Friday, August 6, 2010
I wanted to love Dark August but sadly, I don’t. This film, released in the year of my birth and named after my (probably dark) birth month seemed like the most serendipitous horror movie event of my life. It isn’t. The recurring 1976 theme of a cloaked figure (see Land of the Minotaur and the story my mom provided for my bizarre origin story) shows up and Sal smokes Vantage, my father’s brand of cigarettes. Weird, right? Anyway, I fired this flick up on my birthday this year to see what all the fuss was about. (There is no fuss anywhere about this movie.)
Directed by Martin Goldman
Starring J.J. Barry, Carolyne Barry, Kim Hunger, Frank Bongiorno, Richard Allen Fay, Kae McKeown
Running Time: 87 minutes
After accidentally running over a young girl, artist Sal Devito (played by J.J. Barry) is haunted by three things: visions of the tragic incident, a strange figure lurking in the woods, and by Old Man McDermitt , the girl’s grandfather. As Sal’s mind is slowly coming unglued, his girlfriend Jackie (Carolyne Barry) tries her best to stand by her man. Jackie’s friend recommends that Sal seek spiritual guidance from Adrianna (Kim Hunter), a witch who specializes in white magic. Adrianna discovers that someone has placed a curse on Sal which summoned a demon to torment him.
Director Martin Goldman takes a pretty big chance with his take on what a horror film should be. Without an effects budget or a high body count (this definitely ain’t no slasher film), he instead focuses on psychology, the performances of his actors, and the supernatural. But you’ll have to use your imagination here as almost nothing otherwordly is ever shown in Dark August to indicate that what’s happening is anywhere but in the minds of the characters. The score by William S. Fisher is a jazzy synth mishmash with some wacko drums and piano (so of course, I dig it). The workmanlike cinematography by Richard E. Brooks has a few surprises stashed in the film in the form of some gorgeously composed shots.
Unfortunately, the entire film hinges on Sal, a friggin’ unlikeable bastard. J.J. Barry (who co-wrote the film with Goldman and Carolyne Barry) turns in a great performance but his character is a selfish and smug douchebag. The only thing I liked about Sal’s character is that it doesn’t take him long to buy into the supernatural world around him. If this movie had taken an extra ten minutes he moronically vacillated between faith and science, I would have given up. Other members of the cast do a fine job but the script has them caught in a mire of banal melodrama. Dr. Zira herself, Kim Hunter, is great and she gets to spout some pretty crazy incantations during a séance which goes horribly awry.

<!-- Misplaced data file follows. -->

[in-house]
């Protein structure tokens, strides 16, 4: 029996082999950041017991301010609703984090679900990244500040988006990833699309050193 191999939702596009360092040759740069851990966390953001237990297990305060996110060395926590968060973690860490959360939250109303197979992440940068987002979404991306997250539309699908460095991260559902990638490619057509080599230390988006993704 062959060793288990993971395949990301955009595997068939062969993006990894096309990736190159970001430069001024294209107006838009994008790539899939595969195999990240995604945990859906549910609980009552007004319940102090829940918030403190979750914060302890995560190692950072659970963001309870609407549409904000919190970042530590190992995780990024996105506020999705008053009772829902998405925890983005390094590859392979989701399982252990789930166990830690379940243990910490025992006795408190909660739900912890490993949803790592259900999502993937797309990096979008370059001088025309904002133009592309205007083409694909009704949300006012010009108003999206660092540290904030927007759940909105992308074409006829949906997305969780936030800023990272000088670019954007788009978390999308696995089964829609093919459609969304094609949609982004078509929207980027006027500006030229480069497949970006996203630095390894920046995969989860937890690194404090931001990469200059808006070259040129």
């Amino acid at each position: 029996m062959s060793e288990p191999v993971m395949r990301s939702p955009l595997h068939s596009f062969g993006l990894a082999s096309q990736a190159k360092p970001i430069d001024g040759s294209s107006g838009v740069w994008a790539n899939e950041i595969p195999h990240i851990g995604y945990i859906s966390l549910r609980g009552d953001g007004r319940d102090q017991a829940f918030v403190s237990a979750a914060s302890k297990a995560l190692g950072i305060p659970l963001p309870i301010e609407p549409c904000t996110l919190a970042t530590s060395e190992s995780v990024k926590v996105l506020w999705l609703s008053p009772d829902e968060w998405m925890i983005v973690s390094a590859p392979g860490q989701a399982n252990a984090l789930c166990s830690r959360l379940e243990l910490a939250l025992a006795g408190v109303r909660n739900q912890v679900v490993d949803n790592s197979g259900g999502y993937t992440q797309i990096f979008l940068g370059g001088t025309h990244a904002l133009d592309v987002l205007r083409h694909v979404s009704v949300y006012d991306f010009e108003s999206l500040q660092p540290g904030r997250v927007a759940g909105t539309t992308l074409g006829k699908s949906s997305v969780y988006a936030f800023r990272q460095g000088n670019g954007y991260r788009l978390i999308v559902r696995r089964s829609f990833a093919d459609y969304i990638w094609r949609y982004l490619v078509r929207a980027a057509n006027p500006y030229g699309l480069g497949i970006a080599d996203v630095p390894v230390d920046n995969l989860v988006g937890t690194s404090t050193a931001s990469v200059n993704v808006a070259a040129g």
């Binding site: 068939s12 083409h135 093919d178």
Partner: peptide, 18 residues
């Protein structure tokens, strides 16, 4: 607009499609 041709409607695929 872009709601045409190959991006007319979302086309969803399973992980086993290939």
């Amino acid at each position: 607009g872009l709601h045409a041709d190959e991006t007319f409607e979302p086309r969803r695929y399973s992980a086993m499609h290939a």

Despite its “Me Generation” whining, ponderous pacing, and actors’ workshop vibe, I have to admit that there is something special about Dark August. On the surface it feels like Savage Weekend but without the trashiness or the chainsaw. It does have a very well staged and surprising moment of violence that I did not see coming. Another cool scenes is when we first see the dark figure that is always watching Sal, it is chilling. Sal tries to catch this presence by following it deeper and deeper into the woods and his demon stays just out of reach and is always seen in a blurry haze.
Also in the film’s favor: I watched Dark August after I burned my beat up Lightning Video tape to DVDR. In my experience, this always lends a claustrophobic, anything-can-happen vibe to old rare films like this one. I highly doubt that this fairly obscure film will get the special treatment if it ever does make it to DVD. It’s a shame because even though Goldman's film has some major strikes against it, I was left with a creepy feeling when it was over and a few things to think about. I can’t recommend Dark August too much because I don’t think horror film fans should go out of their way to find it. However, if this flick turns up on some 50 movie pack someday, patient folks should give it a spin.
Like I said before, Dark August really stuck with me after I watched it. There was something about that ending. Throughout the film, Sal's dog whines whenever he is going out to the woods, especially when the dark stranger is watching. After Adrianna and is killed and Old Man McDermitt is destroyed by her freed spirit (I am just guessing on this one - it's fucking weird), Sal goes out into the woods with his shotgun and his trusty dog to catch the thing that has been haunting him. He doesn't find it, instead he finds a pair of inhuman footprints where the thing was standing. His dog becomes possessed by the demon, viciously attacks Sal, and he is forced to gun the poor beast down. The dog was trying to warn him throughout the movie! And wait, didn't Jackie's friend mention that there had to be a sacrifice? Hmm...